Merit-Based Teacher Pay Programs Gaining Support
> 6/20/2007 1:29:48 PM

Teaching is, by most accounts, an exhausting, underpaid job; it can also be one of the most personally rewarding of professions. In a field where seniority and location are often the only predictors of relative salary, assigning pay based on performance is an intriguing idea fraught with potential conflict and controversy. It has been proposed in various forms many times and rejected just as often by every major teacher's union and most of the individuals to whom it would apply. Yet, in what would seem to be a reversal of long-held conviction, some advocacy groups and national organizations have begun to lend a tentative ear to the possibility of accepting some form of merit-based pay

The concept is promising: there are unquestionably some teachers who make personal sacrifices in assuming positions and responsibilities from which others shy away, and they rarely receive the mention and compensation they surely deserve. Conversely, some teachers who barely qualify for employment in the first place see no need to invest increased time and effort with no potential for better pay in the near future. Mediocrity, in most school systems, is not sufficient cause for firing. Due to a dearth of professionals willing to work in less desirable locations and poorly performing schools, underqualified teachers usually end up working with the kids most in need. In California, for example:

Four times as many underqualified teachers taught in the lowest performing schools compared to the highest performing schools (when comparing the 2000 Academic Performance Index)

Ideally, a system that rewards well-trained, highly devoted teachers for their extra efforts would encourage a greater number of talented professionals to move toward special education, teach those with severe behavioral problems, or work in inner-city or rural schools whose students are typically less prepared for normal curriculum as well as standardized testing. Instead of accepting traditionally higher-paying positions at private institutions or public schools in more affluent districts, these teachers might be encouraged by the possibility of larger salaries in addition to their own ethical convictions. Many who go into the education field do so out of a genuine desire to improve the lives of others who desperately need the support. And "bad" teachers are not the root of our country's education problems. But the possibility of a pay raise might just add another much-needed incentive for new teachers and veterans alike to "turn it up a notch."

The largest challenge inherent in the merit-based pay system is determining exactly what constitutes "merit" and how to compensate individuals accordingly while retaining the highest possible degree of objectivity. With whom will this responsibility reside, and how, exactly, will the decisions be made? How can one accurately attribute the success of certain schools and classes to those who brought them about? Strict reliance on the personal assessments of principals and administrators is sure to devolve into charges of favoritism, nepotism, and unwarranted rewards handed out to institutional loyalists. Even if the responsible individuals do not consider any of these variables, suspicions will almost certainly arise on the part of those who believe they've been overlooked. But by-the-numbers assessments are far from perfect; a teacher's success rate cannot be measured by the test scores of the children in his or her class, even if they're weighed strictly in a rate-of-improvement capacity. The Florida Legislature attempted to pass a merit-pay policy amendment in 2006, but the proposed raises would have been awarded only to the top twenty-five percent of teachers in a given school, with those rankings based purely on class test scores; state educators understandably rejected the plan. Not all teachers work with the same students, and the way certain kids perform cannot be wholly attributed to their respective teachers. Rookies would most likely be left out of this equation in favor of veterans who, while better schooled in the ways of class maintenance, are not necessarily better teachers. And seniority, while it shouldn't overrule talent, has to count for something.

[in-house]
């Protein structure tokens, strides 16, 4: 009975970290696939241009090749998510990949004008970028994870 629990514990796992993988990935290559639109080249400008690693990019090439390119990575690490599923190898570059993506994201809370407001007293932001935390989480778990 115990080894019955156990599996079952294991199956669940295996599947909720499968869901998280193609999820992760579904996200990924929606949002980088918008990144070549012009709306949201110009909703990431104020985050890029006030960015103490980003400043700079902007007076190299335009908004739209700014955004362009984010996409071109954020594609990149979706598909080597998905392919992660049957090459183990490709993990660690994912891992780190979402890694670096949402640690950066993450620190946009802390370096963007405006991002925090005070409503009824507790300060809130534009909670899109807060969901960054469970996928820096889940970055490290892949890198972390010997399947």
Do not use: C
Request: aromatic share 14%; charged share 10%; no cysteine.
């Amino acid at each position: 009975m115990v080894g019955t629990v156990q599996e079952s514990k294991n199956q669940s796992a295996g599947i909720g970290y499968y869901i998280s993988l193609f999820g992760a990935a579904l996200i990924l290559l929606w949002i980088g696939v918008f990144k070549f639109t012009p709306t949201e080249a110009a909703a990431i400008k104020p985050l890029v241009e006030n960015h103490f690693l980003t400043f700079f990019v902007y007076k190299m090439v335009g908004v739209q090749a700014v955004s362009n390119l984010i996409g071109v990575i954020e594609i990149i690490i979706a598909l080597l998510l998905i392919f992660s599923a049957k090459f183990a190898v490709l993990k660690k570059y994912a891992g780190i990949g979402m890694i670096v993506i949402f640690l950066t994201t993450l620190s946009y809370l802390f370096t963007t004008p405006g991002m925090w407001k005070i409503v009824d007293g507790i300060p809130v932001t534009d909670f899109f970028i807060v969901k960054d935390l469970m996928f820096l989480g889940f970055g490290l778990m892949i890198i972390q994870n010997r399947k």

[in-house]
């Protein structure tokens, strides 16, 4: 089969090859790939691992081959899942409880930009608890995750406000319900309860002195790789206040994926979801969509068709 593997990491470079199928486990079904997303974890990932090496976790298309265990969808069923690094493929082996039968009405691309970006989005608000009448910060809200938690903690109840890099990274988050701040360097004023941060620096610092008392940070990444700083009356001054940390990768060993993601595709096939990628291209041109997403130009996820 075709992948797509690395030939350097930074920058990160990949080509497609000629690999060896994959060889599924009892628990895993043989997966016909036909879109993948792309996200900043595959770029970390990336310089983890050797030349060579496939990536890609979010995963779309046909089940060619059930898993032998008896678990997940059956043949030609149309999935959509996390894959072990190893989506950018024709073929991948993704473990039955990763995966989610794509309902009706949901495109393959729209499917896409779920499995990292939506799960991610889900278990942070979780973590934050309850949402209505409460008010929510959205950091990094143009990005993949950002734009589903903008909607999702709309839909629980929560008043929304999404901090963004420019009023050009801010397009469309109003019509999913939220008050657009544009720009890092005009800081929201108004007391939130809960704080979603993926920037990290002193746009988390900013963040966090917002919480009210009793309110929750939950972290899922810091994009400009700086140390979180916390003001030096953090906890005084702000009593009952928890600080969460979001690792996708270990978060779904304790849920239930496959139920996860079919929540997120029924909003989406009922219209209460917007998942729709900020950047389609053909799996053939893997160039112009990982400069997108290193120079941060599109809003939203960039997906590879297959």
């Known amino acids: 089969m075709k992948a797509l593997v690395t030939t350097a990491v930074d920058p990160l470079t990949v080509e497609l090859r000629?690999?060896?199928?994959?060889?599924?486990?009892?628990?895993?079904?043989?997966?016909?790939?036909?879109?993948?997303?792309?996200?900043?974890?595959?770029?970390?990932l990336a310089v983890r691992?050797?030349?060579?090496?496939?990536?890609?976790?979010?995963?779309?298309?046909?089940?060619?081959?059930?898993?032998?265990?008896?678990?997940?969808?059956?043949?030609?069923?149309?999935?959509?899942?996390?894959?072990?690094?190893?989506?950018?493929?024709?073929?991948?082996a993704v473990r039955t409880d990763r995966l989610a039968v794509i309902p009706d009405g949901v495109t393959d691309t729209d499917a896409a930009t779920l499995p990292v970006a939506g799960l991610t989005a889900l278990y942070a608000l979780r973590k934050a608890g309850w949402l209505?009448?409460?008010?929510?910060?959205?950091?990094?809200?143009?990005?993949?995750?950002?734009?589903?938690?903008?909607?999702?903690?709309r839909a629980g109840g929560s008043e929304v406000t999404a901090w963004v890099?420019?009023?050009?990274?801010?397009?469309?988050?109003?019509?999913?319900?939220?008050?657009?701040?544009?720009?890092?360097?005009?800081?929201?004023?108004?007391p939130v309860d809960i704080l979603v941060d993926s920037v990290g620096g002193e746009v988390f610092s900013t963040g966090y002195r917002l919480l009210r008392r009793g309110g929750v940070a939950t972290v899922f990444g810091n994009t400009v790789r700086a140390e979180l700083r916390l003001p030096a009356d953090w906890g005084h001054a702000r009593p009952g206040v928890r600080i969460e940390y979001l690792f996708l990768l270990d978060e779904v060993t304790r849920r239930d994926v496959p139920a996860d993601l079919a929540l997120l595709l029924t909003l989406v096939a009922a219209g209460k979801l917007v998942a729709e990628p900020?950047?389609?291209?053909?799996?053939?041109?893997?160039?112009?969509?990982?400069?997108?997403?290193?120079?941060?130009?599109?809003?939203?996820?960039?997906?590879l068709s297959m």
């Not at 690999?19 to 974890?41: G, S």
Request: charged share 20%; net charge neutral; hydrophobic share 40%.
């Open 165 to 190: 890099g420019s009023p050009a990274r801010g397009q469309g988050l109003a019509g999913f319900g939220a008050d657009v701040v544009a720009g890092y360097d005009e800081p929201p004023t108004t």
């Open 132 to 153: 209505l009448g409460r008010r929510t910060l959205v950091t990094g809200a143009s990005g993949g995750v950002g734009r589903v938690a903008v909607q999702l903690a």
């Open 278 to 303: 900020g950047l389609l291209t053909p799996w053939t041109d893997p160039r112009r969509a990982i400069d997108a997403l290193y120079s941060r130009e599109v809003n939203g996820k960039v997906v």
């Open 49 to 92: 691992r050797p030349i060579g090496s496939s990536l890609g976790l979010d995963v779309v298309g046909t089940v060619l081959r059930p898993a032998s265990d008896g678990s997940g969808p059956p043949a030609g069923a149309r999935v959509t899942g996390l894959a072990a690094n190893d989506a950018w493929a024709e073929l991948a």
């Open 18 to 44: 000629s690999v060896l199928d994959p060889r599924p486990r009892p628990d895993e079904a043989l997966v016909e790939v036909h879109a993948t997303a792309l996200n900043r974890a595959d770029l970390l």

Despite good intentions on the part of concerned lawmakers, merit-based pay plans will not pass without the support of a majority of American teacher's groups, and this sentiment has to start with the individual educators themselves. Unions have traditionally rejected the concept outright, citing concerns over equal treatment for all employees. Fortunately, some groups voice interest in programs that reward those who can be credited with significant gains among their students. For the most part, the unions prefer to arrange such bonuses on a group or school-wide basis rather than elevating certain individuals above others. The idea that pay scales based on performance will encourage teachers to dedicate themselves even more completely to their craft to the benefit of the kids under their instruction is very plausible, but such a system must be designed to avoid any form of personal bias sure to dilute the purity of the concept. Exactly how that can happen is a matter for further debate.

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